To counteract this tendency is the main business of Socialists at present. To assert the necessity of the wage-workers, not only of all countries but also of all conditions, to unite; to refuse to admit any distinction between skilled and unskilled, employed or unemployed, must be our answer to the bourgeois attempt at building up a new middle-class. And Socialists must consider that if that tendency becomes a fact and the new class does grow up, it will show that we have been mistaken in supposing that the present system was rotting to its end. It would mean that Socialism was put off not for fifty years, but for centuries.

Therefore, at the risk of being accused of want of sympathy with suffering, and inhuman party spirit, we are bound to hail the signs of the rotting away of commercialism, the depression of trade and confusion of politics, just as an oppressed people hails the war which is to set them free. It is unheard of and impossible that birth should take place without struggle and suffering; but in spite of that we long for the birth.

As for the recovery of trade with which we are threatened, the signs of it are not very obvious as yet. Probably in many cases it is simply a matter of speculation, as the Cotton Factory Times of November 26 tells is the case with the apparent recovery in that industry; in others it simply means that the stocks have been somewhat worked off, and so give opportunity for beginning fresh overproduction. An account to hand of the final report of the Commission on the Depression of Trade makes no boast of recovery, and is not very heroic in its proposed remedies. After having admitted that ‘there is a tendency in the supply, of commodities to outrun the demand’, they say, ‘that the great object to be aimed at is to diminish the cost of production, so far as it can be done consistently with the maintenance of sound quality and good workmanship’. Has it occurred to these Gothamites that the only way of reducing the cost of production is by reducing the labour used in producing, and under our present system that can only be done by lowering wages. What these curious persons propose is to remedy over-production by producing more on the one hand, and by decreasing our power of consumption on the other.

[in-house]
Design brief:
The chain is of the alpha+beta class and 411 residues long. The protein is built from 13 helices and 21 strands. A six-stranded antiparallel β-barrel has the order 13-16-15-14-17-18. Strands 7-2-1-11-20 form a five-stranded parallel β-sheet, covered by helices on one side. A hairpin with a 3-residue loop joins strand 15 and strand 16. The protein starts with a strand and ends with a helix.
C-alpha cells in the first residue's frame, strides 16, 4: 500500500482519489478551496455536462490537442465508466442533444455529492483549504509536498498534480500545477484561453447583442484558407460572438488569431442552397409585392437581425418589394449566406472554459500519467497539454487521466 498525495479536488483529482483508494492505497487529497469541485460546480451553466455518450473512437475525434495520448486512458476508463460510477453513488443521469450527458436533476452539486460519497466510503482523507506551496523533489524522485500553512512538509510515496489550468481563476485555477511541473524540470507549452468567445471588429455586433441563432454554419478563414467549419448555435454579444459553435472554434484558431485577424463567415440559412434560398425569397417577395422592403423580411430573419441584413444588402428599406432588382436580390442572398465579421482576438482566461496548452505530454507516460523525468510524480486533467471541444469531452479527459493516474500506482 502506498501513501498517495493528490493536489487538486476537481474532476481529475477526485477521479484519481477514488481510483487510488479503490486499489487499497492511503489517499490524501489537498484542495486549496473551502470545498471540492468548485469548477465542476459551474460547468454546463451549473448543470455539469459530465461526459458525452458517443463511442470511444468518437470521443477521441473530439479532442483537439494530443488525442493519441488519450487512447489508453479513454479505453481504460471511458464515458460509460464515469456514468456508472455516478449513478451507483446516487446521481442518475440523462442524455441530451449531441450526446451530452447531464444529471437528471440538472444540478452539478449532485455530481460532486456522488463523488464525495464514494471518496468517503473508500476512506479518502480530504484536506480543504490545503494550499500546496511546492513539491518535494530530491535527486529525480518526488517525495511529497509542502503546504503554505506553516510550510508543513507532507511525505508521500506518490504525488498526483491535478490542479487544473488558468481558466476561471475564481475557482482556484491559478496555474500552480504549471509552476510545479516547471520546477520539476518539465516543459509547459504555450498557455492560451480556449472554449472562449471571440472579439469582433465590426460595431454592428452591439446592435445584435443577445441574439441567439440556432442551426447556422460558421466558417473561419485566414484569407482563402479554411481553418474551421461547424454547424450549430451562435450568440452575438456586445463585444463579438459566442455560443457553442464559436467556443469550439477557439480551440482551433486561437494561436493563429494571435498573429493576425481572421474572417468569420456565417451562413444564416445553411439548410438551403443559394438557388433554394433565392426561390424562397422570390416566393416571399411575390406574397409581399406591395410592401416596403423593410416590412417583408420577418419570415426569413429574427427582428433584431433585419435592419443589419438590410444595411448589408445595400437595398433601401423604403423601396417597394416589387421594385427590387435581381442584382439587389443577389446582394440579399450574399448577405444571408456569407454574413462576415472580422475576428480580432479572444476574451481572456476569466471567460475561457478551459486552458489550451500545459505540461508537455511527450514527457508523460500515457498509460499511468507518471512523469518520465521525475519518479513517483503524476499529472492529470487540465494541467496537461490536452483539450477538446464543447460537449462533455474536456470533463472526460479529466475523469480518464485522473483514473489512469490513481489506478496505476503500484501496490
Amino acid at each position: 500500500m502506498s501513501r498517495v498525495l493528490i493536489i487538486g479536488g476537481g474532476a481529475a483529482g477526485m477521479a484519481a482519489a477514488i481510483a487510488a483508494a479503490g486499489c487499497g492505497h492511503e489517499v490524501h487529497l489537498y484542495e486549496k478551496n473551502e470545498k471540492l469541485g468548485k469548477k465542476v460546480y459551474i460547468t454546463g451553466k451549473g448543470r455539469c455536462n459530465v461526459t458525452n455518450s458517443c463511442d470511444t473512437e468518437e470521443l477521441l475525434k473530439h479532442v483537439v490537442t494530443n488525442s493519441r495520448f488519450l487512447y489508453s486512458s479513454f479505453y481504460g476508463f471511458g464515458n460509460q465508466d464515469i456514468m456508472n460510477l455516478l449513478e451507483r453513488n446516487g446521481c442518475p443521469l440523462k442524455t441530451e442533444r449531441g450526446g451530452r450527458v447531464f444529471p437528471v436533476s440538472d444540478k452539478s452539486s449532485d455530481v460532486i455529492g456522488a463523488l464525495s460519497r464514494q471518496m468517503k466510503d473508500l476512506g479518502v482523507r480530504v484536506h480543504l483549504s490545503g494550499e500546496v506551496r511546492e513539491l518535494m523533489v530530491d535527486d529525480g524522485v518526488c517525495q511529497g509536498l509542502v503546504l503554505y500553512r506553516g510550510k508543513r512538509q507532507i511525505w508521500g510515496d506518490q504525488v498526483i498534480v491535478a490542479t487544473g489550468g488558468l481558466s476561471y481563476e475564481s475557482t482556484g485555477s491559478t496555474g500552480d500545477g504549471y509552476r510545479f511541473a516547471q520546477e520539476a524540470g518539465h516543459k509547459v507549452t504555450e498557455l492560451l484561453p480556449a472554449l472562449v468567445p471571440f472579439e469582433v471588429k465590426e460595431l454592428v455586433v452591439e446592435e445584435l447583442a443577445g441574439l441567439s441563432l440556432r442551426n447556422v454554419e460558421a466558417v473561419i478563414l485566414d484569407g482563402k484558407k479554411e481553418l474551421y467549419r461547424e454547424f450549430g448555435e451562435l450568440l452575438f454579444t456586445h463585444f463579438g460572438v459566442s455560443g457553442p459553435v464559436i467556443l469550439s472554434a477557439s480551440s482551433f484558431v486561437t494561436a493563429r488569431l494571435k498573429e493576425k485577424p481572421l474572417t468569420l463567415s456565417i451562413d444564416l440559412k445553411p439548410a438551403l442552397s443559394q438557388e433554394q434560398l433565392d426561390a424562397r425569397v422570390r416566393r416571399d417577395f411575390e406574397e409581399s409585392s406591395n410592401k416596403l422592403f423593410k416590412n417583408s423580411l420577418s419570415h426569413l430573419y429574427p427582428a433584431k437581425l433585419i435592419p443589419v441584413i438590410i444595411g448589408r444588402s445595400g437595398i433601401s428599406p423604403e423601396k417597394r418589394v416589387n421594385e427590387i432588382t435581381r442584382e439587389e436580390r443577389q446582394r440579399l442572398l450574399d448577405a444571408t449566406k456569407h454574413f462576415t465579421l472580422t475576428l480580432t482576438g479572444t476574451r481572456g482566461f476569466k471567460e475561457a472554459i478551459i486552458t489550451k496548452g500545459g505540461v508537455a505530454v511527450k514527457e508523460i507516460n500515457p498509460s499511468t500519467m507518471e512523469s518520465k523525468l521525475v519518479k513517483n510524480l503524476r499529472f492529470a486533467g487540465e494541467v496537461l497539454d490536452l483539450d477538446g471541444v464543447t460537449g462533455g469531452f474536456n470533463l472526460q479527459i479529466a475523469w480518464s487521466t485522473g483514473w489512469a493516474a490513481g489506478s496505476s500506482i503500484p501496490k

The ridiculous position of these Commissioners is an indication amongst others numerous enough, that a recurrence to the roaring times of trade is unlikely to happen, or at least if it did, the recovery would speedily be followed by a deeper depression. That means that the state of trade will go from bad to worse, until at last the workers will be forced to take the organization of labour into their own hands, and make an end to our system of usury and robbery. That is the apparent logical conclusion to be drawn from passing events; nevertheless, disturbing influences may put off the day of change; and I hold that the above-mentioned possible tendency toward a new lower middle-class is even now visible as one of them, and must be guarded against sedulously. Therefore, we should set our faces sternly against any proposal which seemed likely to benefit one part of the workers, while it left the other out in the cold, however specious its form might be; and at the same time we should above all things put forward complete equality of condition as our ultimate end.